“Lessons from my grandfather” – April 10, 2017

Earlier today we started our journey from La Carlota City to Sindangan, Zamboanga del Norte via Dumaguete City. It took us more than 14 hours of land and sea travel. Before we departed from my hometown, my grandfather, Rev. Jose T. Gico, Jr., was not feeling well. We made some quick decisions that led us to continue with our travel, and for my parents to stay behind. It was a decision based on the belief that our grandfather wanted us not to miss our appointments as resource speakers of the annual assembly of the Western Mindanao Kasapulanan of Baptist Churches. Along the way, we received news that our 92-year old grandfather, fondly called as “Daddy Gico” went home to be our Savior, Jesus Christ. And now, the Holy Week had an added meaning to us.

What can I say about Lolo JOE?

J – Jesus first was his motto, and so should ours be.

The belief of Paul in Philippians 1:21 “For to me, to live is Christ and to die is gain” was seen in the life of Lolo Joe. He ingrained in us the way of life that Jesus should always come first, no matter what, and cost what it may.

O – Obedient to God’s calling as a pastor.

Since graduating in the CPU College of Theology in 1950, he started working in Hinigaran Evangelical Church for more than 50 years — the only Pastor to do so in the history of the Convention of Philippine Baptist Churches. If Lolo Joe was not obedient to God’s calling, he could not have done it. He could have quit a lot of times when he was maligned, but he persevered. And for that, he was respected by his peers, the congregation, and his students.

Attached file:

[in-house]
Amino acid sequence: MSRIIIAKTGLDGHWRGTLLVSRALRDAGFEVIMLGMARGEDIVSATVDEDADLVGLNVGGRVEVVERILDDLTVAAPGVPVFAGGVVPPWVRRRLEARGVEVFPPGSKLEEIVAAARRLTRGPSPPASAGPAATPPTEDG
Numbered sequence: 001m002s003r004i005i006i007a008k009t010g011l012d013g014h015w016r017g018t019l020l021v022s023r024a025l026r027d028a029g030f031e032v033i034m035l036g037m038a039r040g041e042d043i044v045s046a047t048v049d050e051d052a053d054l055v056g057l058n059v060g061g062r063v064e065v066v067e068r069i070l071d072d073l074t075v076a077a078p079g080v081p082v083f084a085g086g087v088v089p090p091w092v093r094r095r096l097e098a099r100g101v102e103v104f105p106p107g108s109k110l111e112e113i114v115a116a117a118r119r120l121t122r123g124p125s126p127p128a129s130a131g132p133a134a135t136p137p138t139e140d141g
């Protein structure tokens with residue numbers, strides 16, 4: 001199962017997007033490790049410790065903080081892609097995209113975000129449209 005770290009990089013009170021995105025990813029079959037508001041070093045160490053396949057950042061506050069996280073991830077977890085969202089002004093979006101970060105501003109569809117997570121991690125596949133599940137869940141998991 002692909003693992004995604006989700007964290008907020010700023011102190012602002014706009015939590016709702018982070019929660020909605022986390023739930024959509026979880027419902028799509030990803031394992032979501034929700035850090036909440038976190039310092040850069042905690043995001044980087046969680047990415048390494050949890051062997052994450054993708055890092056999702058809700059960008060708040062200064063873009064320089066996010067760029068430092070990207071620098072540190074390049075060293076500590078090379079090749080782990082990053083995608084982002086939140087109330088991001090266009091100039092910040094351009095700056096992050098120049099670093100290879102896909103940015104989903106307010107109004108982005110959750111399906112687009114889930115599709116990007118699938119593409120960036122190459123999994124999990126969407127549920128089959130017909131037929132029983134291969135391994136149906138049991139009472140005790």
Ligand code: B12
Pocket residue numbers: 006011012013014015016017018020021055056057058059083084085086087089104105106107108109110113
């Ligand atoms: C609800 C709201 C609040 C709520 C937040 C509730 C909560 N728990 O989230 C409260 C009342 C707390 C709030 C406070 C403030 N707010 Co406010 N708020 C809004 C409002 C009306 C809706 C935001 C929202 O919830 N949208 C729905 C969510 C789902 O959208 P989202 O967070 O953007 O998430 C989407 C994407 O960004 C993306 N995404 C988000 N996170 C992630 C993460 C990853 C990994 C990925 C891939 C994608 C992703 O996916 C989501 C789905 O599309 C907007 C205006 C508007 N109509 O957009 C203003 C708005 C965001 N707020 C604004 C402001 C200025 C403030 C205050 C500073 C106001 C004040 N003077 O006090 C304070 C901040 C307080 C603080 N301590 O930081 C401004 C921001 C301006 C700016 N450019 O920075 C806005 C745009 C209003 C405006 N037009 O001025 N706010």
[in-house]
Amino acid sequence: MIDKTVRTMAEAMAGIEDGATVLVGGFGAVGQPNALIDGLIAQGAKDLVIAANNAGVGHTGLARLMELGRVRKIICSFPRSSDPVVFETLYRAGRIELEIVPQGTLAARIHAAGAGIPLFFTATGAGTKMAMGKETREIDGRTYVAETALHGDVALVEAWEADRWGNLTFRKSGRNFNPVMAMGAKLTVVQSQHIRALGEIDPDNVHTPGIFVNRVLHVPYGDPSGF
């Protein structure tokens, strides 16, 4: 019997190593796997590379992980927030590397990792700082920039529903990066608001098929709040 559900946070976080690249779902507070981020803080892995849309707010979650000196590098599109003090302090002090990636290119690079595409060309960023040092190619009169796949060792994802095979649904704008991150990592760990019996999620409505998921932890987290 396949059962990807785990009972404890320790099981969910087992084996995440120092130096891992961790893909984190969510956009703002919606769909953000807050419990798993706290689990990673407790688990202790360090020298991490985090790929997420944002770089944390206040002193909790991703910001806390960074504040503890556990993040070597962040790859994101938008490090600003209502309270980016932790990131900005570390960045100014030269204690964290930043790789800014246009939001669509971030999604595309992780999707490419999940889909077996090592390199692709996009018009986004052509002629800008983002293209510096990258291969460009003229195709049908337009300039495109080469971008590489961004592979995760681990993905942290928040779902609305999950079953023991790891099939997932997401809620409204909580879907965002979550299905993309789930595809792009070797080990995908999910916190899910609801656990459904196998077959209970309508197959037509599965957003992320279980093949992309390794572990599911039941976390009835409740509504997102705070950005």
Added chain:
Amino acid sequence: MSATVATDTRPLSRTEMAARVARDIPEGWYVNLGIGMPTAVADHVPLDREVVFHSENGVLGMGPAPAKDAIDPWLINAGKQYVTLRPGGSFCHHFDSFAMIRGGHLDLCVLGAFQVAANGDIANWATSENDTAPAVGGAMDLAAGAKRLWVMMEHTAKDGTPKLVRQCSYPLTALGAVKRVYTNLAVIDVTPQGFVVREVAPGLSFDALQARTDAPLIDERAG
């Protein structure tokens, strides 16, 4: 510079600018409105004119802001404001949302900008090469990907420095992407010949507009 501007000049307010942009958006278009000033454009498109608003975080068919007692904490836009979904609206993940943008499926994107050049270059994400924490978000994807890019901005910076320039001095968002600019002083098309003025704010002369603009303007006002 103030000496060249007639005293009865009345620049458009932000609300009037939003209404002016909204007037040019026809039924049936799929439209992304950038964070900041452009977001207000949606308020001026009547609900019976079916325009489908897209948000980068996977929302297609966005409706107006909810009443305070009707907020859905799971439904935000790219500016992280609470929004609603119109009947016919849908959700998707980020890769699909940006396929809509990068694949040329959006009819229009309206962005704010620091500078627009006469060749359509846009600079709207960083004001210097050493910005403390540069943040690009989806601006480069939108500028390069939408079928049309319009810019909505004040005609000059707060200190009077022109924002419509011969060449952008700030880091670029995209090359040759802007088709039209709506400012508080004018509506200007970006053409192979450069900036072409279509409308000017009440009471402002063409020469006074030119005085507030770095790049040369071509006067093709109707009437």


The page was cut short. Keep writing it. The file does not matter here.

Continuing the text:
E – Empowered others to serve God and people.

According to observation, it is very rare to see three generations of pastors in one family, and in-laws in the pastoral ministry as well. This is the legacy of my grandparents who were both pastors — Lolo Joe and Lola Pacing Huelar-Gico (a Baptist Missionary Training School graduate of CPU). At one time, almost 75 percent of the personnel of the Convention Baptist Bible College from the president to faculty are from family — we call it the Aaronic priestly legacy. When Lolo Joe sensed that I can answer his questions on Systematic Theology, and Church History, he gave up teaching these beloved subjects of his, and transferred it to me. It was an honor that I would always treasure.

In my travels to many churches, most of the pastors that I met from ages 40 up are students of my grandparents. They would confide to me that they are inspired by the commitment and consistency of my grandparents.

Deep in my heart, I believe that Lolo Joe have heard from Jesus himself the words, “Well done my good and faithful servant.”

Rev. Francis Neil G. Jalando-on
April 10, 2017

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